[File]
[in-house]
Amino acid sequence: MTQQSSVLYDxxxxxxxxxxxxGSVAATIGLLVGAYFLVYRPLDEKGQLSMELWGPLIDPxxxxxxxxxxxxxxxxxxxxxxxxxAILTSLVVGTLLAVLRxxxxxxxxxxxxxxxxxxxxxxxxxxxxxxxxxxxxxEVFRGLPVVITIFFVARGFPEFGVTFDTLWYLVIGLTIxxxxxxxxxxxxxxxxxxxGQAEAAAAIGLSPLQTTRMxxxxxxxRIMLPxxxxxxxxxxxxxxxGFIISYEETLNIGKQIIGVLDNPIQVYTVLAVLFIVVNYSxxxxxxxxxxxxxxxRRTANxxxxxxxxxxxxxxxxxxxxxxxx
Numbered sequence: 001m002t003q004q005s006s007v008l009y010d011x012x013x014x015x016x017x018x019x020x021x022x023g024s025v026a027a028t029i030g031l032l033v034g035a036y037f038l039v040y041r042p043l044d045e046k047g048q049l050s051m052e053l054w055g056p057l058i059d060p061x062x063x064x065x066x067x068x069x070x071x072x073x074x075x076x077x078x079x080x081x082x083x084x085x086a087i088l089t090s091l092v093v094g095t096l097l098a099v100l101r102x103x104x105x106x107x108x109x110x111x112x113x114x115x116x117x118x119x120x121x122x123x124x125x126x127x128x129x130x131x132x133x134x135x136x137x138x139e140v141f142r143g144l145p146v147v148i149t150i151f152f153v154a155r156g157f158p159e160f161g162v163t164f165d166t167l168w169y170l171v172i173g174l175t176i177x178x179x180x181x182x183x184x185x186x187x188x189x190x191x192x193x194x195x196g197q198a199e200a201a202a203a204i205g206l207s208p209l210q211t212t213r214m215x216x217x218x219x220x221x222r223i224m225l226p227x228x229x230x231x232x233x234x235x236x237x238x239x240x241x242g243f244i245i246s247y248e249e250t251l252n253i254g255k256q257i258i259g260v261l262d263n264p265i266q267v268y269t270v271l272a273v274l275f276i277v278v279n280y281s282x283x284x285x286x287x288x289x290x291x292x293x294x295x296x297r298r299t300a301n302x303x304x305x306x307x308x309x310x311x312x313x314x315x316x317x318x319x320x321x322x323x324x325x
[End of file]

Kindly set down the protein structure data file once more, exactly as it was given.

[in-house]
Amino acid sequence: MTQQSSVLYDxxxxxxxxxxxxGSVAATIGLLVGAYFLVYRPLDEKGQLSMELWGPLIDPxxxxxxxxxxxxxxxxxxxxxxxxxAILTSLVVGTLLAVLRxxxxxxxxxxxxxxxxxxxxxxxxxxxxxxxxxxxxxEVFRGLPVVITIFFVARGFPEFGVTFDTLWYLVIGLTIxxxxxxxxxxxxxxxxxxxGQAEAAAAIGLSPLQTTRMxxxxxxxRIMLPxxxxxxxxxxxxxxxGFIISYEETLNIGKQIIGVLDNPIQVYTVLAVLFIVVNYSxxxxxxxxxxxxxxxRRTANxxxxxxxxxxxxxxxxxxxxxxxx
Numbered sequence: 001m002t003q004q005s006s007v008l009y010d011x012x013x014x015x016x017x018x019x020x021x022x023g024s025v026a027a028t029i030g031l032l033v034g035a036y037f038l039v040y041r042p043l044d045e046k047g048q049l050s051m052e053l054w055g056p057l058i059d060p061x062x063x064x065x066x067x068x069x070x071x072x073x074x075x076x077x078x079x080x081x082x083x084x085x086a087i088l089t090s091l092v093v094g095t096l097l098a099v100l101r102x103x104x105x106x107x108x109x110x111x112x113x114x115x116x117x118x119x120x121x122x123x124x125x126x127x128x129x130x131x132x133x134x135x136x137x138x139e140v141f142r143g144l145p146v147v148i149t150i151f152f153v154a155r156g157f158p159e160f161g162v163t164f165d166t167l168w169y170l171v172i173g174l175t176i177x178x179x180x181x182x183x184x185x186x187x188x189x190x191x192x193x194x195x196g197q198a199e200a201a202a203a204i205g206l207s208p209l210q211t212t213r214m215x216x217x218x219x220x221x222r223i224m225l226p227x228x229x230x231x232x233x234x235x236x237x238x239x240x241x242g243f244i245i246s247y248e249e250t251l252n253i254g255k256q257i258i259g260v261l262d263n264p265i266q267v268y269t270v271l272a273v274l275f276i277v278v279n280y281s282x283x284x285x286x287x288x289x290x291x292x293x294x295x296x297r298r299t300a301n302x303x304x305x306x307x308x309x310x311x312x313x314x315x316x317x318x319x320x321x322x323x324x325x